Publishers Weekly - Publisher's Weekly
Abandoned as an infant, Jip West accepts his grim fate on a Vermont poor farm without question until a series of disturbing events changes his beliefs about himself and the people around him. The turning point occurs when, in the year 1855, Jip (who has a gift for "handling beasts and residents") becomes caretaker of a lunatic brought to the farm. The boy's growing friendship with the mysterious, moody man called Put coincides with Jip's discovery that his mother was a runaway slave. Tension mounts when Jip's biological father, the master of a Southern plantation, arrives to retrieve his "property." Like Paterson's Newbery-winning Bridge to Terabithia and Jacob Have I Loved, this historically accurate story is full of revelations and surprises, one of which is the return appearance of the heroine of Lyddie. While Jip's concerns provide insight into 19th-century society, his yearnings for freedom and knowledge are timeless. The taut, extremely readable narrative and its tender depictions of friendship and loyalty provide first-rate entertainment. Ages 10-14. (Oct.)
Children's Literature - Susie Wilde
Jip received his name from having fallen off a gypsy wagon as a toddler and has grown up at the town poor farm. Despite the cruelty and the bareness of his life, Jip is happy with his lot, though he wonders often about those who deserted him. Once Jip begins to attend school, a string of mysteries begins to unfold and he discovers he is the son of an escaping slave woman and a white master. Suddenly, he is a victim of prejudice and must escape the slave catchers. Paterson's lyricism and imagery give dramatic expression to Jip and his mid-19th century world. Her fans will be pleased when Jip's resourceful teacher, whom he describes as "like a queen-no fancy dress or crown, but surely in command," turns out to be Lyddie, the heroine of a previous Paterson novel.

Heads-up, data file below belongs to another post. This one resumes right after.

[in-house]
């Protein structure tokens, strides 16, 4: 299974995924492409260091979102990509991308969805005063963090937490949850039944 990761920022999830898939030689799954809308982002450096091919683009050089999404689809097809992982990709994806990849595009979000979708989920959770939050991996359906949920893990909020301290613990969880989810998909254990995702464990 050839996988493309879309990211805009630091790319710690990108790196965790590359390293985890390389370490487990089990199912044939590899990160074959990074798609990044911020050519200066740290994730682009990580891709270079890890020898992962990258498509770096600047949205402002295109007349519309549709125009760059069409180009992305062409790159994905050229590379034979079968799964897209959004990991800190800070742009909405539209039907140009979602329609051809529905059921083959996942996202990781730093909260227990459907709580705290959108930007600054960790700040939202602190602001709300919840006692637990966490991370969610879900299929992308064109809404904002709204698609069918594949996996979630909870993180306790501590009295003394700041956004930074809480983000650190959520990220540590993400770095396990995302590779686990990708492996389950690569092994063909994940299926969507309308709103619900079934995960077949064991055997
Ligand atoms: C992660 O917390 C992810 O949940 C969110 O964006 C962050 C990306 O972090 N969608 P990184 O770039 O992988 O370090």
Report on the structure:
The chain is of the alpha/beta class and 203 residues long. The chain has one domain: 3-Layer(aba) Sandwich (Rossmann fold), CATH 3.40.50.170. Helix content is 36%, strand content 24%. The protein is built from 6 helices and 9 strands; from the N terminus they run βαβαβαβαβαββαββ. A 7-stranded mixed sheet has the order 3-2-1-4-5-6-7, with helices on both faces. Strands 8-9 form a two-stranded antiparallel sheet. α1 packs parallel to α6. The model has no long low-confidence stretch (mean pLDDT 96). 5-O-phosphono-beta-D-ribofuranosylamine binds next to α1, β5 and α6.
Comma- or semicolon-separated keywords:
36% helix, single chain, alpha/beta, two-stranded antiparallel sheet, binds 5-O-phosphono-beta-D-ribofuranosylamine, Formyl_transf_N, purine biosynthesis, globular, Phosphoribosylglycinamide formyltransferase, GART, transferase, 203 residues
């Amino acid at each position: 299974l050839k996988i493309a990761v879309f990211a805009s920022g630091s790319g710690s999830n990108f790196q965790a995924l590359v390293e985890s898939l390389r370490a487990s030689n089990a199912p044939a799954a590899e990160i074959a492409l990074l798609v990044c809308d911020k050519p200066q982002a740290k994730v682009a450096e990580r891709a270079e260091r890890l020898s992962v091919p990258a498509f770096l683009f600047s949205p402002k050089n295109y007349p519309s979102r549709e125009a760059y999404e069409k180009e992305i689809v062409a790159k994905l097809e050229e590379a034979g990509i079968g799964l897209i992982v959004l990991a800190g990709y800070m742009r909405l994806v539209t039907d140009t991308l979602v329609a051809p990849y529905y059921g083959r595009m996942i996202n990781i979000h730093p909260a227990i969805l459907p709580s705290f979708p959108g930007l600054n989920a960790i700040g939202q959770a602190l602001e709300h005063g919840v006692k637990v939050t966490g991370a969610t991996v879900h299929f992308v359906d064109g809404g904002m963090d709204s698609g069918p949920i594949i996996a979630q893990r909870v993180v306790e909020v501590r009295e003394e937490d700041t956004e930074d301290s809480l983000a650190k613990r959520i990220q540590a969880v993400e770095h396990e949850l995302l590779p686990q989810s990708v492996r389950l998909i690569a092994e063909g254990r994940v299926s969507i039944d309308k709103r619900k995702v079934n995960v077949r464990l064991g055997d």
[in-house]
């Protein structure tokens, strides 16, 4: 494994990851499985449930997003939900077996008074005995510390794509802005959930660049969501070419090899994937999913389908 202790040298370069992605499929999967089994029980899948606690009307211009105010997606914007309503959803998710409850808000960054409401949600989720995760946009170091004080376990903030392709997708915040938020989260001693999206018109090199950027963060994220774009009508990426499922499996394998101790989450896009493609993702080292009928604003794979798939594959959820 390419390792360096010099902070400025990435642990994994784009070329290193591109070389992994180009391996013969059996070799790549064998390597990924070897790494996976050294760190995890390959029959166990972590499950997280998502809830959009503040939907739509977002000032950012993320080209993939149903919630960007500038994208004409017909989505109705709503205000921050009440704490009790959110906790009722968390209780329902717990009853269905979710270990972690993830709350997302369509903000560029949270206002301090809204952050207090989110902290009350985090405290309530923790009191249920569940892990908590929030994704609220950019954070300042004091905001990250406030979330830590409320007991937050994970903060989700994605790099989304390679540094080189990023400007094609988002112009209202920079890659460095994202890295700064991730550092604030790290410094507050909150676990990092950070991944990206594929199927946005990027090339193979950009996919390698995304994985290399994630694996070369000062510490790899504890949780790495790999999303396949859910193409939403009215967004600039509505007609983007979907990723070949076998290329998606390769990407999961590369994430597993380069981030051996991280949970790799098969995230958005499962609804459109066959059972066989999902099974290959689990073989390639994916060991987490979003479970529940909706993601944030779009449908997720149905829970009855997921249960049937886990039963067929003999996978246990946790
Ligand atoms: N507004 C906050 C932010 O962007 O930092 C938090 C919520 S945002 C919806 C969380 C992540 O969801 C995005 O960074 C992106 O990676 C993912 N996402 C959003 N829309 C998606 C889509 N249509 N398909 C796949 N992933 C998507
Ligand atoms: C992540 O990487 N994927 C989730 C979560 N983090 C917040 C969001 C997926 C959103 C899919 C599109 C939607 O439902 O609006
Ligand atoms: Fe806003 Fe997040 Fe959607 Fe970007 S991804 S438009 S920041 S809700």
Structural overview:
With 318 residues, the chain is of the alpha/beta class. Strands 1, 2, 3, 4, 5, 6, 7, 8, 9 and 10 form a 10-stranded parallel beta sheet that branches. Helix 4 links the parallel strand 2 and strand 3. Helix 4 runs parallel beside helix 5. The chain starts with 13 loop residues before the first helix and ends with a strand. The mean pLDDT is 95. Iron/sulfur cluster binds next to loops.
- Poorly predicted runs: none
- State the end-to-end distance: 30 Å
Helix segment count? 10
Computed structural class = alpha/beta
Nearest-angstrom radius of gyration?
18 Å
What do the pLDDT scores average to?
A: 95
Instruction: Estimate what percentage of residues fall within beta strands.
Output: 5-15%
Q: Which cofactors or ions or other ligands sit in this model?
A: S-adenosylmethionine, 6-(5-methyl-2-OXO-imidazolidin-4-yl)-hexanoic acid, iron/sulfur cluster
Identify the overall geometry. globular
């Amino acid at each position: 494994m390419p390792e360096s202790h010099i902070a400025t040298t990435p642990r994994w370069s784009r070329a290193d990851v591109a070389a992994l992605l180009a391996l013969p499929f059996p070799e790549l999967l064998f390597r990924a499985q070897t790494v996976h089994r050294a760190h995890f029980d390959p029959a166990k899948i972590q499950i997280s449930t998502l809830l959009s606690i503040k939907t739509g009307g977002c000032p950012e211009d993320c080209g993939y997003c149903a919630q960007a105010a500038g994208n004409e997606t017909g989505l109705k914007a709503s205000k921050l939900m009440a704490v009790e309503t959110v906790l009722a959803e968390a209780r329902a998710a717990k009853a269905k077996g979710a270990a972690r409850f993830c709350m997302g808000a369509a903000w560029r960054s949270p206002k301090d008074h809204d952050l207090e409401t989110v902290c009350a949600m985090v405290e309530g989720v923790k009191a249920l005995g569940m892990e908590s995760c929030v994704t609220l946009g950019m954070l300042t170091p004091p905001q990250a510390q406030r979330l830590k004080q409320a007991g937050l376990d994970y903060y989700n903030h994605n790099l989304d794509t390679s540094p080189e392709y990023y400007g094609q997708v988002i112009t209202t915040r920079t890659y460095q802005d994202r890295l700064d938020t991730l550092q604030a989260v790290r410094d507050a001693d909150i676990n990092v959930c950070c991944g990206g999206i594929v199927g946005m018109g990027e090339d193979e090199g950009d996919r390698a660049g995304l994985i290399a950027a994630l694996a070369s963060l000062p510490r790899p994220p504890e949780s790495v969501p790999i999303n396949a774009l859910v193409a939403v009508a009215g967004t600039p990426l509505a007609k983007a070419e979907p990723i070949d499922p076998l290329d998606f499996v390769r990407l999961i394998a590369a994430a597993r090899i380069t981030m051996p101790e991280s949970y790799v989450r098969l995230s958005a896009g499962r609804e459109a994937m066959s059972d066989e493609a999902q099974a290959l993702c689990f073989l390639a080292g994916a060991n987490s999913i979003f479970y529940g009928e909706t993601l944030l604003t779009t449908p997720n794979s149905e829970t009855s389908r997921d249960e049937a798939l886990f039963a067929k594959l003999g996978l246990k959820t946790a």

Children's Literature - Kathleen Karr
Anything by Katherine Paterson is a pleasure to read. Jip, the story of an orphan, "poor farm" boy in the Vermont of the 1850's, is no exception. Jip has a way with animals and is just as compassionate with human creatures. The highlight of the book is his friendship with the lunatic, Put, who comes to stay in a cage Jip has lovingly built. Halfway through, however, the plot veers unsuspectingly into the realm of Underground Railroad stories. Although this makes for a more exciting climax, Jip's surprising lineage is a tad implausible.
Children's Literature - Jan Lieberman
"My life began the afternoon of June 7, 1847, when I tumbled off the back of a wagon on the West Hill Road and no one came to look for me... Maybe I should say the life I know now began nearly 8 years later - when overseer Flint brought the lunatic to the Town poor farm." So begins the story of Jip, a boy with a keen sense of compassion for others and yet, a boy who wonders what mother would abandon a small child and not return to find him. Wary of the stranger in town who asks Jip personal questions, the boy doesn't have a clue as to his heritage. Stunned by the news that his mother was a slave, Jip knows he must leave Vermont at once. The risks his true friends are willing to make for him strengthen his resolve to reach Canada. Paterson is a master storyteller.
The ALAN Review - Diana Mitchell